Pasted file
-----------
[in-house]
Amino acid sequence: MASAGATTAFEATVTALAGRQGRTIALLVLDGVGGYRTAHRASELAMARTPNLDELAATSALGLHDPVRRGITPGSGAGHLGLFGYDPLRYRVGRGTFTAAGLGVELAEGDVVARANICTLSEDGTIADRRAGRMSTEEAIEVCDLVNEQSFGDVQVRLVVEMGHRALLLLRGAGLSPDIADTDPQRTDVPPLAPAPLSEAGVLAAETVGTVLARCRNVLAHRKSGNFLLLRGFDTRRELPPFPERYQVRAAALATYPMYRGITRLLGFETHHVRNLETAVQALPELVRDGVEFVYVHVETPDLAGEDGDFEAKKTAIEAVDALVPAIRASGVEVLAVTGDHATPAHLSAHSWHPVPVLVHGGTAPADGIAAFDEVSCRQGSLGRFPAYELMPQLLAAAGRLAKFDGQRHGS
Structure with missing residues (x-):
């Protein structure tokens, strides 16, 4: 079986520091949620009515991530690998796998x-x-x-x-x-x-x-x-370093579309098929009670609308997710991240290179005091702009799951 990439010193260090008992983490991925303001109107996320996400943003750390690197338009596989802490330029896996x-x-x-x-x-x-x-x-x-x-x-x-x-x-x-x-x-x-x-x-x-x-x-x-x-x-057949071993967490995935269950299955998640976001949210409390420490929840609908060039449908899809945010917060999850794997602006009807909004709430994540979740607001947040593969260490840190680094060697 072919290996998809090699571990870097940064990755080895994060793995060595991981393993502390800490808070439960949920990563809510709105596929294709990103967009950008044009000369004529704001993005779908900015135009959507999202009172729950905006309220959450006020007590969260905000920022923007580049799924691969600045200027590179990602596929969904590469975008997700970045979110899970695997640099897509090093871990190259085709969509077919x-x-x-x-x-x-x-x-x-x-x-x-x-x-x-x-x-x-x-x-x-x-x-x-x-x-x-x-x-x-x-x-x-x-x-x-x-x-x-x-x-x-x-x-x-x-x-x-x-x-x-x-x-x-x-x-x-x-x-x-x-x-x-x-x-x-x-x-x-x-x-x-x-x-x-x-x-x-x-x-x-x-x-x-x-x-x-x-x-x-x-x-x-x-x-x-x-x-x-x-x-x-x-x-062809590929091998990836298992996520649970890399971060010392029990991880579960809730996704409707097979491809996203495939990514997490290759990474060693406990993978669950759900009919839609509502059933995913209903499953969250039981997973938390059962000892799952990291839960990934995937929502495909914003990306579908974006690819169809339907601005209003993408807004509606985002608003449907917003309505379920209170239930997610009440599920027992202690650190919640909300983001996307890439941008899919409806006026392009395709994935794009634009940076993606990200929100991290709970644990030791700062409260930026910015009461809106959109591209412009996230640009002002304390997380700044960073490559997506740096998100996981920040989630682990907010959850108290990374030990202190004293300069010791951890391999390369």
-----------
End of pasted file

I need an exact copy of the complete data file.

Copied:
[in-house]
Amino acid sequence: MASAGATTAFEATVTALAGRQGRTIALLVLDGVGGYRTAHRASELAMARTPNLDELAATSALGLHDPVRRGITPGSGAGHLGLFGYDPLRYRVGRGTFTAAGLGVELAEGDVVARANICTLSEDGTIADRRAGRMSTEEAIEVCDLVNEQSFGDVQVRLVVEMGHRALLLLRGAGLSPDIADTDPQRTDVPPLAPAPLSEAGVLAAETVGTVLARCRNVLAHRKSGNFLLLRGFDTRRELPPFPERYQVRAAALATYPMYRGITRLLGFETHHVRNLETAVQALPELVRDGVEFVYVHVETPDLAGEDGDFEAKKTAIEAVDALVPAIRASGVEVLAVTGDHATPAHLSAHSWHPVPVLVHGGTAPADGIAAFDEVSCRQGSLGRFPAYELMPQLLAAAGRLAKFDGQRHGS
Structure with missing residues (x-):
């Protein structure tokens, strides 16, 4: 079986520091949620009515991530690998796998x-x-x-x-x-x-x-x-370093579309098929009670609308997710991240290179005091702009799951 990439010193260090008992983490991925303001109107996320996400943003750390690197338009596989802490330029896996x-x-x-x-x-x-x-x-x-x-x-x-x-x-x-x-x-x-x-x-x-x-x-x-x-x-057949071993967490995935269950299955998640976001949210409390420490929840609908060039449908899809945010917060999850794997602006009807909004709430994540979740607001947040593969260490840190680094060697 072919290996998809090699571990870097940064990755080895994060793995060595991981393993502390800490808070439960949920990563809510709105596929294709990103967009950008044009000369004529704001993005779908900015135009959507999202009172729950905006309220959450006020007590969260905000920022923007580049799924691969600045200027590179990602596929969904590469975008997700970045979110899970695997640099897509090093871990190259085709969509077919x-x-x-x-x-x-x-x-x-x-x-x-x-x-x-x-x-x-x-x-x-x-x-x-x-x-x-x-x-x-x-x-x-x-x-x-x-x-x-x-x-x-x-x-x-x-x-x-x-x-x-x-x-x-x-x-x-x-x-x-x-x-x-x-x-x-x-x-x-x-x-x-x-x-x-x-x-x-x-x-x-x-x-x-x-x-x-x-x-x-x-x-x-x-x-x-x-x-x-x-x-x-x-x-062809590929091998990836298992996520649970890399971060010392029990991880579960809730996704409707097979491809996203495939990514997490290759990474060693406990993978669950759900009919839609509502059933995913209903499953969250039981997973938390059962000892799952990291839960990934995937929502495909914003990306579908974006690819169809339907601005209003993408807004509606985002608003449907917003309505379920209170239930997610009440599920027992202690650190919640909300983001996307890439941008899919409806006026392009395709994935794009634009940076993606990200929100991290709970644990030791700062409260930026910015009461809106959109591209412009996230640009002002304390997380700044960073490559997506740096998100996981920040989630682990907010959850108290990374030990202190004293300069010791951890391999390369």